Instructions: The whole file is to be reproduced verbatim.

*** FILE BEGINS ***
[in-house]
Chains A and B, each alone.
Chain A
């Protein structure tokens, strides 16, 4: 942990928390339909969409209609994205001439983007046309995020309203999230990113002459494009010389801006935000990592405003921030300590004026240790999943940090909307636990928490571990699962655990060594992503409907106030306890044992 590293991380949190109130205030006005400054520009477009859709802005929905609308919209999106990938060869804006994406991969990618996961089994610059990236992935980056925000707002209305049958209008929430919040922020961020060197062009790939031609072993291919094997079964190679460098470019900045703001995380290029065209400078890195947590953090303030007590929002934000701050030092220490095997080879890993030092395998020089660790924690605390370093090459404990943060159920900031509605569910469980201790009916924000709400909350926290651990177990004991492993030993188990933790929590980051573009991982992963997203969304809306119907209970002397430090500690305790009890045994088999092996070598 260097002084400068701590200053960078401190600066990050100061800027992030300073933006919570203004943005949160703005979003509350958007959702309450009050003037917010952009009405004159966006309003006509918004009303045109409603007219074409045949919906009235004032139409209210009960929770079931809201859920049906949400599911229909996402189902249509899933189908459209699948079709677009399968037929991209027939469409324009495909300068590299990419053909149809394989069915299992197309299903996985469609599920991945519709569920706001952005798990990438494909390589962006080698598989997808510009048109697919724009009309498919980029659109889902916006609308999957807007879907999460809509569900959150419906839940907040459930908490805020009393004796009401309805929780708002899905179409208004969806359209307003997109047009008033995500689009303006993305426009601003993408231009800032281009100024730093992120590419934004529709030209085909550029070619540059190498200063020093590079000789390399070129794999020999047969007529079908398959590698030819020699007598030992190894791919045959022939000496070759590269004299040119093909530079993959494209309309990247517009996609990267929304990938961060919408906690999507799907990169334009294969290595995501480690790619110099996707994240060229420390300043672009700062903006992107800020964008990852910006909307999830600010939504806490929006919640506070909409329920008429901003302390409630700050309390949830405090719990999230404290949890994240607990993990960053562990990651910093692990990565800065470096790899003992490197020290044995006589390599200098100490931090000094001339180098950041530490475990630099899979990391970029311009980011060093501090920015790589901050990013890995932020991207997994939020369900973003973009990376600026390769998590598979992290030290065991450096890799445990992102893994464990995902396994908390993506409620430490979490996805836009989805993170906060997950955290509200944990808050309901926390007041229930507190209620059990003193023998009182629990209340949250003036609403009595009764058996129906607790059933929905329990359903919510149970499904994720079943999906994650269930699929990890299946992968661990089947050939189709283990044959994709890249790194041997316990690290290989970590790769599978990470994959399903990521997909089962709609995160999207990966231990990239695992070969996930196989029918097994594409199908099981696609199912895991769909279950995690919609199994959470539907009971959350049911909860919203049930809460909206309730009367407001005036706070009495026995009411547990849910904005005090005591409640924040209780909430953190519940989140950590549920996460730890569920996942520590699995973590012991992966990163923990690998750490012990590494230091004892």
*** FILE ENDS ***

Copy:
[in-house]
Chains A and B, each alone.
Chain A
């Protein structure tokens, strides 16, 4: 942990928390339909969409209609994205001439983007046309995020309203999230990113002459494009010389801006935000990592405003921030300590004026240790999943940090909307636990928490571990699962655990060594992503409907106030306890044992 590293991380949190109130205030006005400054520009477009859709802005929905609308919209999106990938060869804006994406991969990618996961089994610059990236992935980056925000707002209305049958209008929430919040922020961020060197062009790939031609072993291919094997079964190679460098470019900045703001995380290029065209400078890195947590953090303030007590929002934000701050030092220490095997080879890993030092395998020089660790924690605390370093090459404990943060159920900031509605569910469980201790009916924000709400909350926290651990177990004991492993030993188990933790929590980051573009991982992963997203969304809306119907209970002397430090500690305790009890045994088999092996070598 260097002084400068701590200053960078401190600066990050100061800027992030300073933006919570203004943005949160703005979003509350958007959702309450009050003037917010952009009405004159966006309003006509918004009303045109409603007219074409045949919906009235004032139409209210009960929770079931809201859920049906949400599911229909996402189902249509899933189908459209699948079709677009399968037929991209027939469409324009495909300068590299990419053909149809394989069915299992197309299903996985469609599920991945519709569920706001952005798990990438494909390589962006080698598989997808510009048109697919724009009309498919980029659109889902916006609308999957807007879907999460809509569900959150419906839940907040459930908490805020009393004796009401309805929780708002899905179409208004969806359209307003997109047009008033995500689009303006993305426009601003993408231009800032281009100024730093992120590419934004529709030209085909550029070619540059190498200063020093590079000789390399070129794999020999047969007529079908398959590698030819020699007598030992190894791919045959022939000496070759590269004299040119093909530079993959494209309309990247517009996609990267929304990938961060919408906690999507799907990169334009294969290595995501480690790619110099996707994240060229420390300043672009700062903006992107800020964008990852910006909307999830600010939504806490929006919640506070909409329920008429901003302390409630700050309390949830405090719990999230404290949890994240607990993990960053562990990651910093692990990565800065470096790899003992490197020290044995006589390599200098100490931090000094001339180098950041530490475990630099899979990391970029311009980011060093501090920015790589901050990013890995932020991207997994939020369900973003973009990376600026390769998590598979992290030290065991450096890799445990992102893994464990995902396994908390993506409620430490979490996805836009989805993170906060997950955290509200944990808050309901926390007041229930507190209620059990003193023998009182629990209340949250003036609403009595009764058996129906607790059933929905329990359903919510149970499904994720079943999906994650269930699929990890299946992968661990089947050939189709283990044959994709890249790194041997316990690290290989970590790769599978990470994959399903990521997909089962709609995160999207990966231990990239695992070969996930196989029918097994594409199908099981696609199912895991769909279950995690919609199994959470539907009971959350049911909860919203049930809460909206309730009367407001005036706070009495026995009411547990849910904005005090005591409640924040209780909430953190519940989140950590549920996460730890569920996942520590699995973590012991992966990163923990690998750490012990590494230091004892």